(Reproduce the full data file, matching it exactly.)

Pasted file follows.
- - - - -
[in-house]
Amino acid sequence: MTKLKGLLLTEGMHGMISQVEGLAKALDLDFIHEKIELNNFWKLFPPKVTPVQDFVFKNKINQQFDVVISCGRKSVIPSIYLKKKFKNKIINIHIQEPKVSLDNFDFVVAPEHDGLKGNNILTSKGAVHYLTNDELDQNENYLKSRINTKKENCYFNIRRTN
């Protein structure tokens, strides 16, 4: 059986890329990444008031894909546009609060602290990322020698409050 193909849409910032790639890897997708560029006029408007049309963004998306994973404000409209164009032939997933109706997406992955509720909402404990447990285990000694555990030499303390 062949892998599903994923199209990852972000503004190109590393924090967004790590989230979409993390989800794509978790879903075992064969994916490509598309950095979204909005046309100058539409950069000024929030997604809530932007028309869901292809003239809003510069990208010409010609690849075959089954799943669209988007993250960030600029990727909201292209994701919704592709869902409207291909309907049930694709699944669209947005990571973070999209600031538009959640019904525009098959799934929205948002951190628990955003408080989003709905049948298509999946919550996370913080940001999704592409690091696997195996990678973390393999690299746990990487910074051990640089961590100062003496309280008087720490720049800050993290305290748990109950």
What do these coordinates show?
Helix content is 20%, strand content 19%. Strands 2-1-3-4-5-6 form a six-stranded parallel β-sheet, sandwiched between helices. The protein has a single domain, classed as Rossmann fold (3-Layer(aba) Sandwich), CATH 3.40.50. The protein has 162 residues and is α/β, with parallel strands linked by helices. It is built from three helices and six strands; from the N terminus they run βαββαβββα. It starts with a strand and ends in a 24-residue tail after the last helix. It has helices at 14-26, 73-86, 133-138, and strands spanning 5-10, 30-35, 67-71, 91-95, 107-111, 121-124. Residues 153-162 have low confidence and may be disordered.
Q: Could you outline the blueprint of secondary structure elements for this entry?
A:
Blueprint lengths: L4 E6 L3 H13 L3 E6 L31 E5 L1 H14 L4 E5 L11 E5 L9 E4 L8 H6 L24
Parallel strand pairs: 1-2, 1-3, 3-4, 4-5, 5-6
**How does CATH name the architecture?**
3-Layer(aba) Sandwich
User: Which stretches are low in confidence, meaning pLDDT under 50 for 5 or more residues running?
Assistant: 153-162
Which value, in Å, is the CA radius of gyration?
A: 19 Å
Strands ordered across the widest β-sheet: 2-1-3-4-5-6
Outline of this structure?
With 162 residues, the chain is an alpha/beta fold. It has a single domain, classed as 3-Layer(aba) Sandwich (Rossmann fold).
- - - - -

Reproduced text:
[in-house]
Amino acid sequence: MTKLKGLLLTEGMHGMISQVEGLAKALDLDFIHEKIELNNFWKLFPPKVTPVQDFVFKNKINQQFDVVISCGRKSVIPSIYLKKKFKNKIINIHIQEPKVSLDNFDFVVAPEHDGLKGNNILTSKGAVHYLTNDELDQNENYLKSRINTKKENCYFNIRRTN
């Protein structure tokens, strides 16, 4: 059986890329990444008031894909546009609060602290990322020698409050 193909849409910032790639890897997708560029006029408007049309963004998306994973404000409209164009032939997933109706997406992955509720909402404990447990285990000694555990030499303390 062949892998599903994923199209990852972000503004190109590393924090967004790590989230979409993390989800794509978790879903075992064969994916490509598309950095979204909005046309100058539409950069000024929030997604809530932007028309869901292809003239809003510069990208010409010609690849075959089954799943669209988007993250960030600029990727909201292209994701919704592709869902409207291909309907049930694709699944669209947005990571973070999209600031538009959640019904525009098959799934929205948002951190628990955003408080989003709905049948298509999946919550996370913080940001999704592409690091696997195996990678973390393999690299746990990487910074051990640089961590100062003496309280008087720490720049800050993290305290748990109950």
What do these coordinates show?
Helix content is 20%, strand content 19%. Strands 2-1-3-4-5-6 form a six-stranded parallel β-sheet, sandwiched between helices. The protein has a single domain, classed as Rossmann fold (3-Layer(aba) Sandwich), CATH 3.40.50. The protein has 162 residues and is α/β, with parallel strands linked by helices. It is built from three helices and six strands; from the N terminus they run βαββαβββα. It starts with a strand and ends in a 24-residue tail after the last helix. It has helices at 14-26, 73-86, 133-138, and strands spanning 5-10, 30-35, 67-71, 91-95, 107-111, 121-124. Residues 153-162 have low confidence and may be disordered.
Q: Could you outline the blueprint of secondary structure elements for this entry?
A:
Blueprint lengths: L4 E6 L3 H13 L3 E6 L31 E5 L1 H14 L4 E5 L11 E5 L9 E4 L8 H6 L24
Parallel strand pairs: 1-2, 1-3, 3-4, 4-5, 5-6
**How does CATH name the architecture?**
3-Layer(aba) Sandwich
User: Which stretches are low in confidence, meaning pLDDT under 50 for 5 or more residues running?
Assistant: 153-162
Which value, in Å, is the CA radius of gyration?
A: 19 Å
Strands ordered across the widest β-sheet: 2-1-3-4-5-6
Outline of this structure?
With 162 residues, the chain is an alpha/beta fold. It has a single domain, classed as 3-Layer(aba) Sandwich (Rossmann fold).